6. As the foal’s nose and two front hooves begin to emerge, one of us will tear away the white sac and as the mare pushes, we will take hold of the baby’s legs and may assist with a tug.  It’s important to only pull in a DOWNWARD motion as the mare pushes.

7. Once the foal’s head and/or shoulders are out, things will happen rather quickly. The remainder of the birthing sac is cleared away. We gently squeeze the liquid out of the foal’s nose in a downward motion. And then the mare and foal are allowed to lay quietly, if possible, while they are still connected by the umbilical cord.

8. While the umbilical cord connection is still happening, one of us has the iodine squirt bottle in hand and ready (It’s nice to allow for that last blood flow to happen through the umbilical cord.).  The moment either the foal or the mare pulls away from the other, the cord will break, and the iodine is squirted on the baby’s navel stump.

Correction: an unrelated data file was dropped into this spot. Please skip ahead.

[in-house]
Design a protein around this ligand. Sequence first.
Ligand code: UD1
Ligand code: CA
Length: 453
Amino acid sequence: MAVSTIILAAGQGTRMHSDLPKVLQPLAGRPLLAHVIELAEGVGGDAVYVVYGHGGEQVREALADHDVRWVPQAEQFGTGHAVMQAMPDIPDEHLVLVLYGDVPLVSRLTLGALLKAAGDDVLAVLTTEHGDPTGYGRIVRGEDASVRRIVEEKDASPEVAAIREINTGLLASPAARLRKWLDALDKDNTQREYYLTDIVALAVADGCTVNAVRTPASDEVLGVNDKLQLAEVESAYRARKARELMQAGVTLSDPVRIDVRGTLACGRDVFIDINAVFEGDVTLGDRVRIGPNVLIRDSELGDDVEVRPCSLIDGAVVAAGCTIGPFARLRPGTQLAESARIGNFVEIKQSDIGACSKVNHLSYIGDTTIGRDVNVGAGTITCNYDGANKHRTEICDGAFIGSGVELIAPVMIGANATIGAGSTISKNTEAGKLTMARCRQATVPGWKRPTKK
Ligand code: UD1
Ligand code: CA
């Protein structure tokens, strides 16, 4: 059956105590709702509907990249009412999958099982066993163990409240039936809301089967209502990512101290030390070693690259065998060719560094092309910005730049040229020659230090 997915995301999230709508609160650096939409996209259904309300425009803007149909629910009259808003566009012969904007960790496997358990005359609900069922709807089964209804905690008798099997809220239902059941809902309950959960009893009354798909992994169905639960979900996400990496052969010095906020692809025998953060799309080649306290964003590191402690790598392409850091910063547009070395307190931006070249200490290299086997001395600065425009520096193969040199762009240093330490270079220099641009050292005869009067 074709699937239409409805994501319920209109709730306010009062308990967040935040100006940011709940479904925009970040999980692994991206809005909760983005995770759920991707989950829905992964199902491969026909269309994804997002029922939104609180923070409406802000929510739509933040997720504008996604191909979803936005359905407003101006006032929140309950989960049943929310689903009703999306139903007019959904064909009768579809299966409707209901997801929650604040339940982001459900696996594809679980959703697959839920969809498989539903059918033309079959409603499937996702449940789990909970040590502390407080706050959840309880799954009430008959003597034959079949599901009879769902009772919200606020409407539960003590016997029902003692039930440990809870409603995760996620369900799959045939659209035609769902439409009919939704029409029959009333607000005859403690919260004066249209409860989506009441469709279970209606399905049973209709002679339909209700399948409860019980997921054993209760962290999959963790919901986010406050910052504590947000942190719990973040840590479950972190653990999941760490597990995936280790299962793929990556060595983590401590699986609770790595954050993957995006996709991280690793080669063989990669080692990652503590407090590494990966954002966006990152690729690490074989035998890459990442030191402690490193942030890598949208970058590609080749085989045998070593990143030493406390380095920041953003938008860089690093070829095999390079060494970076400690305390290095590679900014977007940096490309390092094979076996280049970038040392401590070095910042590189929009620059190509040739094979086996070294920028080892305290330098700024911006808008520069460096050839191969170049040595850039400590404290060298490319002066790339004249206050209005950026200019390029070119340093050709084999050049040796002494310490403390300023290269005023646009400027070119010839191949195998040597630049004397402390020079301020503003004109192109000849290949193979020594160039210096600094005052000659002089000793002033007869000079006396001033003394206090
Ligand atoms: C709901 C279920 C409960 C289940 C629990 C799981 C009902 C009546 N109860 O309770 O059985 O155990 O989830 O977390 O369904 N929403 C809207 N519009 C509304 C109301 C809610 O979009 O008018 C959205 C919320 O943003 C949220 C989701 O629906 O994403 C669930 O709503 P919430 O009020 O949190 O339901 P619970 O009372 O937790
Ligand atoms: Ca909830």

9. The baby is then moved over onto the dry grass bedding and the wet, soiled sheet is removed.  We give the foal a Vitamin E and selenium  shot  (ESE) in its butt muscle.  Please check prior to having a foal to find out if you are in a low selenium region like we are. Veterinarians like to see the ESE given within the first 24 hours of the foal's life.  Some people give a tetanus shot as well, but this is something you should discuss with your vet. We towel off the foal at this point and also begin minor imprinting.  Foals will accept ANYTHING at this time of their lives and we try to teach them from the start that people are okay.
10. The mare is given both Ivermectin and Banamine orally, according to her weight (the banamine helps with the pain of contractions, the ivermectin wormer possibly helps prevent foal scours later).  Then, the two of them are allowed to spend a bit of time bonding.  It’s also during this time that the foal begins trying its “land-legs”.